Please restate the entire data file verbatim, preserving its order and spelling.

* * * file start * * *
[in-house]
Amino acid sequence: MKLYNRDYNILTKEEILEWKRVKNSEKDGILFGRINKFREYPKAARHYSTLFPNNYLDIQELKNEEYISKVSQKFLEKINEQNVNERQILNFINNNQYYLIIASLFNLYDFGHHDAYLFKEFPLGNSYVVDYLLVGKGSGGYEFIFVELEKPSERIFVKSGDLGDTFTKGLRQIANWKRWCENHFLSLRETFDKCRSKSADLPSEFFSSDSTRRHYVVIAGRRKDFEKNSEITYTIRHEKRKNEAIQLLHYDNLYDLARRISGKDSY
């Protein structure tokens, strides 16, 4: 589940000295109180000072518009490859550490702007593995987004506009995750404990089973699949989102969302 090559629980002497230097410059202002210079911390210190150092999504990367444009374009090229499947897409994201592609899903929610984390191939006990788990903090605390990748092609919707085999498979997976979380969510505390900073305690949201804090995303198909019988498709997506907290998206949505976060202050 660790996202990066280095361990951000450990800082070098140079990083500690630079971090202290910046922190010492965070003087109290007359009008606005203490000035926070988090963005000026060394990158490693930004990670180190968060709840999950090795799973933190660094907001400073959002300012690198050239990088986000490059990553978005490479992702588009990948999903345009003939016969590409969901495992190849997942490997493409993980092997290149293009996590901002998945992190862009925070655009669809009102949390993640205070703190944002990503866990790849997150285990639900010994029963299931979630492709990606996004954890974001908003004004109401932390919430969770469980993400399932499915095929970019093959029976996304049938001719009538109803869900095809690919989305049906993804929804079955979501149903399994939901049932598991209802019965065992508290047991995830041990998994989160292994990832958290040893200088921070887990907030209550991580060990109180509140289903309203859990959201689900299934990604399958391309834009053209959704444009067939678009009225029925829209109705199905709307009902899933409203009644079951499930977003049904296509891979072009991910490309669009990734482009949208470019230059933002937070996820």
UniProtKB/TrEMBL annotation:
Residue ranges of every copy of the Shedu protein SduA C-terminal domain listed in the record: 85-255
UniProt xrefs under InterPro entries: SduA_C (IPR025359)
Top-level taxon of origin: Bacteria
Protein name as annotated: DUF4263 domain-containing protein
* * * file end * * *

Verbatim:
[in-house]
Amino acid sequence: MKLYNRDYNILTKEEILEWKRVKNSEKDGILFGRINKFREYPKAARHYSTLFPNNYLDIQELKNEEYISKVSQKFLEKINEQNVNERQILNFINNNQYYLIIASLFNLYDFGHHDAYLFKEFPLGNSYVVDYLLVGKGSGGYEFIFVELEKPSERIFVKSGDLGDTFTKGLRQIANWKRWCENHFLSLRETFDKCRSKSADLPSEFFSSDSTRRHYVVIAGRRKDFEKNSEITYTIRHEKRKNEAIQLLHYDNLYDLARRISGKDSY
């Protein structure tokens, strides 16, 4: 589940000295109180000072518009490859550490702007593995987004506009995750404990089973699949989102969302 090559629980002497230097410059202002210079911390210190150092999504990367444009374009090229499947897409994201592609899903929610984390191939006990788990903090605390990748092609919707085999498979997976979380969510505390900073305690949201804090995303198909019988498709997506907290998206949505976060202050 660790996202990066280095361990951000450990800082070098140079990083500690630079971090202290910046922190010492965070003087109290007359009008606005203490000035926070988090963005000026060394990158490693930004990670180190968060709840999950090795799973933190660094907001400073959002300012690198050239990088986000490059990553978005490479992702588009990948999903345009003939016969590409969901495992190849997942490997493409993980092997290149293009996590901002998945992190862009925070655009669809009102949390993640205070703190944002990503866990790849997150285990639900010994029963299931979630492709990606996004954890974001908003004004109401932390919430969770469980993400399932499915095929970019093959029976996304049938001719009538109803869900095809690919989305049906993804929804079955979501149903399994939901049932598991209802019965065992508290047991995830041990998994989160292994990832958290040893200088921070887990907030209550991580060990109180509140289903309203859990959201689900299934990604399958391309834009053209959704444009067939678009009225029925829209109705199905709307009902899933409203009644079951499930977003049904296509891979072009991910490309669009990734482009949208470019230059933002937070996820």
UniProtKB/TrEMBL annotation:
Residue ranges of every copy of the Shedu protein SduA C-terminal domain listed in the record: 85-255
UniProt xrefs under InterPro entries: SduA_C (IPR025359)
Top-level taxon of origin: Bacteria
Protein name as annotated: DUF4263 domain-containing protein